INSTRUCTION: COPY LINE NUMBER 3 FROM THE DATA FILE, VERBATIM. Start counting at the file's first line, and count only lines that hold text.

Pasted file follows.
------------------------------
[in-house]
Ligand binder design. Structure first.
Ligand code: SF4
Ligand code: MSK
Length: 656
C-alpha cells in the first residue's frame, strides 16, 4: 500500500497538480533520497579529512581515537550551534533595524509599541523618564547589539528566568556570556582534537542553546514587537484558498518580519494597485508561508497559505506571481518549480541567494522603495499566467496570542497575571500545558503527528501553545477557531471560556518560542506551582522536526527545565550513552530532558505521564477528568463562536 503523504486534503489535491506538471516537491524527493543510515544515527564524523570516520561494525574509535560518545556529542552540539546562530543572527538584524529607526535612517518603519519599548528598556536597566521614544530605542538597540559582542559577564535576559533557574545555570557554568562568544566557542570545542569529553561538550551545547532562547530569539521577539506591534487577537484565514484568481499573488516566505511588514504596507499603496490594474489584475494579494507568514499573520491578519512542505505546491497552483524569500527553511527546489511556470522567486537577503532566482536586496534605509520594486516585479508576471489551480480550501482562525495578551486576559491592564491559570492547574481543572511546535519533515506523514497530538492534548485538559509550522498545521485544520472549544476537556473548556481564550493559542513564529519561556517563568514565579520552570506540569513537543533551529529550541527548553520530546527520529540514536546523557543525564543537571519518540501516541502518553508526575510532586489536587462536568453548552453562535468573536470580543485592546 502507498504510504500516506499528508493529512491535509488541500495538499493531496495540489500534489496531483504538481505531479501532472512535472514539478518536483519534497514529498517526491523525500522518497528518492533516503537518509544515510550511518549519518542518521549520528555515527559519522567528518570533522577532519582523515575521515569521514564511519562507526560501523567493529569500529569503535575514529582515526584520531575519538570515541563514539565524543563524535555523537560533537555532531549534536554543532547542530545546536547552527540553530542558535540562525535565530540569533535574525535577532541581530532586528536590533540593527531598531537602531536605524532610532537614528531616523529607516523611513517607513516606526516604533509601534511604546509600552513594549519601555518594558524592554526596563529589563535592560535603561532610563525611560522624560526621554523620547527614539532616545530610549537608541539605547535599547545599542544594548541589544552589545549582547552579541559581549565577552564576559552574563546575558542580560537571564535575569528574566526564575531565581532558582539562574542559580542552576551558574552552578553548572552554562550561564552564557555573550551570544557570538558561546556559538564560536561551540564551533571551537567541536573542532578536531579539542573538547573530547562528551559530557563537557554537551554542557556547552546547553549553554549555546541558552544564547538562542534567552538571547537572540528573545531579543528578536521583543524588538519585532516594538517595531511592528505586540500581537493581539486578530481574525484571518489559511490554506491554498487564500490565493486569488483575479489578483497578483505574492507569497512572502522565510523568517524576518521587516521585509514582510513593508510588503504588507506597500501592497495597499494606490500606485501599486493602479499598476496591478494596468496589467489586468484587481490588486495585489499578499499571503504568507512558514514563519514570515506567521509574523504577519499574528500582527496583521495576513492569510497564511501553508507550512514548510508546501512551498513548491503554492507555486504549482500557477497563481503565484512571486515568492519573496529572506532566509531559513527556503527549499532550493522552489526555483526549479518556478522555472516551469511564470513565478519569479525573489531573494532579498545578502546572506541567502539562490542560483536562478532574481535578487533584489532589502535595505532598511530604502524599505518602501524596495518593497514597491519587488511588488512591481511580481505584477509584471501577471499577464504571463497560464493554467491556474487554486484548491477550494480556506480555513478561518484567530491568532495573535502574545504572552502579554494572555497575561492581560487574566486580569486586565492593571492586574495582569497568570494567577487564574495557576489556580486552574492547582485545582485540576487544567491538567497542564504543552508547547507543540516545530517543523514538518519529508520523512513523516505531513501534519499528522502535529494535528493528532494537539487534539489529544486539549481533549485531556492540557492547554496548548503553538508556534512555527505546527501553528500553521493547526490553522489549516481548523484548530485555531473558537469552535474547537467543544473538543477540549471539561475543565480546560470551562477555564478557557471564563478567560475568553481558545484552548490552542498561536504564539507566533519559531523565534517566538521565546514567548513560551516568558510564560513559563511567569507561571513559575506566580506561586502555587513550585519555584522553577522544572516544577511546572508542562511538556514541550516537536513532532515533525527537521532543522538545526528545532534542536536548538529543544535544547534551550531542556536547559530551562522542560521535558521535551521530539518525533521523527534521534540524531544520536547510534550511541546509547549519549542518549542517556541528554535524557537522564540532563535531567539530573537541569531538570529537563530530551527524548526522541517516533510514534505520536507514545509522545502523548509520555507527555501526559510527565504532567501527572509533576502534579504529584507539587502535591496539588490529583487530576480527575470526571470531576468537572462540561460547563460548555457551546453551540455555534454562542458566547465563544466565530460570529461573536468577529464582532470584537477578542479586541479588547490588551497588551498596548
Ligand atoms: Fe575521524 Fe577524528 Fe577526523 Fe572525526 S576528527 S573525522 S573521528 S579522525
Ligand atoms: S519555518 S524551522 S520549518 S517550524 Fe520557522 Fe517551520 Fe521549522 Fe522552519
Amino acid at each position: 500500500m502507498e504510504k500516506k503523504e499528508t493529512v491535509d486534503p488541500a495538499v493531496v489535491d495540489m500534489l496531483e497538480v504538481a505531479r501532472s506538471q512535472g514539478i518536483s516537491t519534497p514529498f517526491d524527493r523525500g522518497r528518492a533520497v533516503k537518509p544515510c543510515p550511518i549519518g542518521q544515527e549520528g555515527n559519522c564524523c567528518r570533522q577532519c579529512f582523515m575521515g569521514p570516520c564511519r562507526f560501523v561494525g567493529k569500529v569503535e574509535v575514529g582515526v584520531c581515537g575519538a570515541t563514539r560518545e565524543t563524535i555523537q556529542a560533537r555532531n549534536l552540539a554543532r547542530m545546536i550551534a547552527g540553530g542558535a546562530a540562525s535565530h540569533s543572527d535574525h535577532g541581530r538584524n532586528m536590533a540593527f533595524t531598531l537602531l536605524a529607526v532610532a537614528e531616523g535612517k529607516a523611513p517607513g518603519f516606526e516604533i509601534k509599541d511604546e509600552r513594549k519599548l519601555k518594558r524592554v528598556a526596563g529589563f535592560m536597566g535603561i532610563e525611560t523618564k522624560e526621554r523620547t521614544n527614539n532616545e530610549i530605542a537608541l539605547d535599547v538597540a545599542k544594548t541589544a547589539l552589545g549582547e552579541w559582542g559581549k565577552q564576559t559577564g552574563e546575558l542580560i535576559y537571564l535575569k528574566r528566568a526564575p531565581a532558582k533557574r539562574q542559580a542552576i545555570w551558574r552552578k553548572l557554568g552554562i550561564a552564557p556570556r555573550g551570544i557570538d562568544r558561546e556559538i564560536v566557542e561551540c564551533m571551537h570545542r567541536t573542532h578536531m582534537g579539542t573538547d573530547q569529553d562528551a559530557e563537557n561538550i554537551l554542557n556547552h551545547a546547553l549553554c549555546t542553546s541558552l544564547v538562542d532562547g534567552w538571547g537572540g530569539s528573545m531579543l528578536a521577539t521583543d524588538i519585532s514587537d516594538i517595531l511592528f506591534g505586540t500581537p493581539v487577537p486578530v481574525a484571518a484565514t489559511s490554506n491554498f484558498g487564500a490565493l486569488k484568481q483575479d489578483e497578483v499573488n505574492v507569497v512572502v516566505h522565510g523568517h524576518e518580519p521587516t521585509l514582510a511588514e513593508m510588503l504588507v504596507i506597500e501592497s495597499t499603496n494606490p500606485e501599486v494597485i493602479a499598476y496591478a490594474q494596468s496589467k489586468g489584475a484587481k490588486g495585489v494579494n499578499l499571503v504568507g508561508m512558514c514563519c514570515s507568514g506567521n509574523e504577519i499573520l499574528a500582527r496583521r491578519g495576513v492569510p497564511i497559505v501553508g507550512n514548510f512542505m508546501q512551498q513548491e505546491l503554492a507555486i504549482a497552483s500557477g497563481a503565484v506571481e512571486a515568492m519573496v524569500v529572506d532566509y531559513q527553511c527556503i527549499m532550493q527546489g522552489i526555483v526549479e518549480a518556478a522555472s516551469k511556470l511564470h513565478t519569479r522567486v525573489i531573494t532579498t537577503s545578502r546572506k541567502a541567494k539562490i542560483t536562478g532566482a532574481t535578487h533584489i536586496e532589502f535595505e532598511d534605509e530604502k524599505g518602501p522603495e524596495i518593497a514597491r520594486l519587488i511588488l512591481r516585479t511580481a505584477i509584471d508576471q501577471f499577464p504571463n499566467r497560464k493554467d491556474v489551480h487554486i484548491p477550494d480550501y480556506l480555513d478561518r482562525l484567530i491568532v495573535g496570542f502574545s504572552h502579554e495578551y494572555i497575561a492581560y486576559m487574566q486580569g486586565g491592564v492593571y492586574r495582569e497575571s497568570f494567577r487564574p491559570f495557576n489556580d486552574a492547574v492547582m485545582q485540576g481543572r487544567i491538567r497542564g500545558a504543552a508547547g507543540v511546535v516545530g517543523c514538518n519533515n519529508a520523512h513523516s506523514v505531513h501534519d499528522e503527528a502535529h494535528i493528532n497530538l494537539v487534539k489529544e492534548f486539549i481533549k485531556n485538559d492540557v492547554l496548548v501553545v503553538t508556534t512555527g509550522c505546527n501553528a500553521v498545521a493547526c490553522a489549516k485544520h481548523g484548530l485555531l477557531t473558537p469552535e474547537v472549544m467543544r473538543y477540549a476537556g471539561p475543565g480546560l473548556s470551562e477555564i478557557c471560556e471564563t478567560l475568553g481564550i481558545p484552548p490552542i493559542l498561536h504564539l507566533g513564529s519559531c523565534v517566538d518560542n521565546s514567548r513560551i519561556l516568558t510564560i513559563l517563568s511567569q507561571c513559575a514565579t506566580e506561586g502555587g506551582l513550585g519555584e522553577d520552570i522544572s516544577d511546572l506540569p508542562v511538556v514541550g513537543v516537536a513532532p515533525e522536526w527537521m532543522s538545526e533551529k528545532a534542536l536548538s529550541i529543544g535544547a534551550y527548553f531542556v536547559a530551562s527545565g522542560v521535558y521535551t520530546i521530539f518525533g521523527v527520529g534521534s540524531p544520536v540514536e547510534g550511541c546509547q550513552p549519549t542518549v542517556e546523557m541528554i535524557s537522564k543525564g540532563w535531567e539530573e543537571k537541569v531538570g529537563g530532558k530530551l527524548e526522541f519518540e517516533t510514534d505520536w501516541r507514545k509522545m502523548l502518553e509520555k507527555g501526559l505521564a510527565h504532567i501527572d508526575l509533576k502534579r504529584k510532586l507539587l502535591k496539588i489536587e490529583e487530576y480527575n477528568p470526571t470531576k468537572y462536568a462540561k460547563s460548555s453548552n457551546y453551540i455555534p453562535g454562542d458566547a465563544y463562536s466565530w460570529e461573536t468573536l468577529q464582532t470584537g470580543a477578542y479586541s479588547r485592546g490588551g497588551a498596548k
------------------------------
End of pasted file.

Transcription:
Ligand code: SF4